Health Watch: Kelli Adams You have heard this name before. But do you know exactly what it is? Turf toe is an injury that, approximately 90 percent of the time, will affect your big toe. It is an injury to the soft tissue and joint (the first phalanx). Usually it is associated with football players because of playing on rigid surfaces such as artificial turf. However, this injury can happen to anyone who is doing something that causes the big toe to extend beyond its normal range. Hyperextension of the big toe can happen when athletic shoes that have very flexible soles “grab” the turf, for example. During the push-off phase when running, the big toe may stay flat and doesn’t lift to push off. Another example is if you fall forward or are tackled and the big toe stays flat. Turf toe can be very debilitating for athletes who need to jump, accelerate or quickly change direction. Symptoms may include swelling, pain and decreased movement in the big toe. It is highly recommended to see a sports medicine/orthopedic doctor to rule out other injuries such as a bone fracture. Rest is important as well as ice/elevation when treating turf toe. The big toe may be taped/strapped or even immobilized with a walking boot to relieve stress to the joint. After a rest period, athletes can benefit from physical therapy to re-establish range of motion, strength and movement mechanics. Turf toe can be stubborn and can become a chronic problem if left untreated or not allowed to heal properly. Evaluating shoe wear, investing in orthotics and working on gait/running mechanics are important elements to preventing this injury from reoccurring. Kelli Adams is a physical therapist assistant.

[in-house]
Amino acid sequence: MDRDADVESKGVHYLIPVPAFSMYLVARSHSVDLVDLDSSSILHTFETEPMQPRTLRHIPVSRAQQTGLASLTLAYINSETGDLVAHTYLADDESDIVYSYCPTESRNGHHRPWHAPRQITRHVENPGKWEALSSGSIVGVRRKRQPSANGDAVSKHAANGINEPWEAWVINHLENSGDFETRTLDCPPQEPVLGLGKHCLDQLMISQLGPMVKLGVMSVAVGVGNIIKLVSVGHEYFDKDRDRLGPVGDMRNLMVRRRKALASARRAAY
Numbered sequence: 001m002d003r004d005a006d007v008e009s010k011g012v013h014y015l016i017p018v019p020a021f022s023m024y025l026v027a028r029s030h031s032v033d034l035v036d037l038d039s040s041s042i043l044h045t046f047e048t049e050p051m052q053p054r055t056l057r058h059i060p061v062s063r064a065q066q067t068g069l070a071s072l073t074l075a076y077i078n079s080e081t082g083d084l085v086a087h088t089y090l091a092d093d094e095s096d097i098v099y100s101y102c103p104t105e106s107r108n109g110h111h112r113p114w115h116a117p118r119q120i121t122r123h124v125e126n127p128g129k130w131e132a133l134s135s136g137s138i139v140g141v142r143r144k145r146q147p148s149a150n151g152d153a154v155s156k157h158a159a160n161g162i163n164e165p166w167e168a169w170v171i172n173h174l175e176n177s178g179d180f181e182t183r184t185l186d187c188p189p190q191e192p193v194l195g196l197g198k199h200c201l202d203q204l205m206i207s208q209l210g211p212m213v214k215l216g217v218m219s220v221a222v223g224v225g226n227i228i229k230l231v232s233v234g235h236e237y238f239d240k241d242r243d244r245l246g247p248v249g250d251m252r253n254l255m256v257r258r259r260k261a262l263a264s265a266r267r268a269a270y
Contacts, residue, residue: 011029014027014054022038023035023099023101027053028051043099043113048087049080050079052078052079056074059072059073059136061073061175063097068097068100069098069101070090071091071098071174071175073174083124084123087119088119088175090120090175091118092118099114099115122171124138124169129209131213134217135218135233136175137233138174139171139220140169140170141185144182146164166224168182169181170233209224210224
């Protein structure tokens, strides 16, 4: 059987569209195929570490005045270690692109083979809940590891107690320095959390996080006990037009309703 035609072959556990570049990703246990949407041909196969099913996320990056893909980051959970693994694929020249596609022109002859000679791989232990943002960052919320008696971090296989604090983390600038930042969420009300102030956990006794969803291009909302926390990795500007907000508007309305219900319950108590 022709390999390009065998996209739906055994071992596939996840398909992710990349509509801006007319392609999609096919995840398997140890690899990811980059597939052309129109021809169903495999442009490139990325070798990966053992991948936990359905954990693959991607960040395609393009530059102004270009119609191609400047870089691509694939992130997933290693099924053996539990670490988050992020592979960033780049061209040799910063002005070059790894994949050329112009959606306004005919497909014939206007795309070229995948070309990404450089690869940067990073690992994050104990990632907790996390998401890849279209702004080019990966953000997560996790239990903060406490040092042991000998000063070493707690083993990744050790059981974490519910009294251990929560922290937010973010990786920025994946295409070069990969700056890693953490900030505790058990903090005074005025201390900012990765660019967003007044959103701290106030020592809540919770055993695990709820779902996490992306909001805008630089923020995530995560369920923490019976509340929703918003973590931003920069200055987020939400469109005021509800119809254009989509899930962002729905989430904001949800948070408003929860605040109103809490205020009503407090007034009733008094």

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February 1, 2013
Bay Area Issue 60, February 1, 2013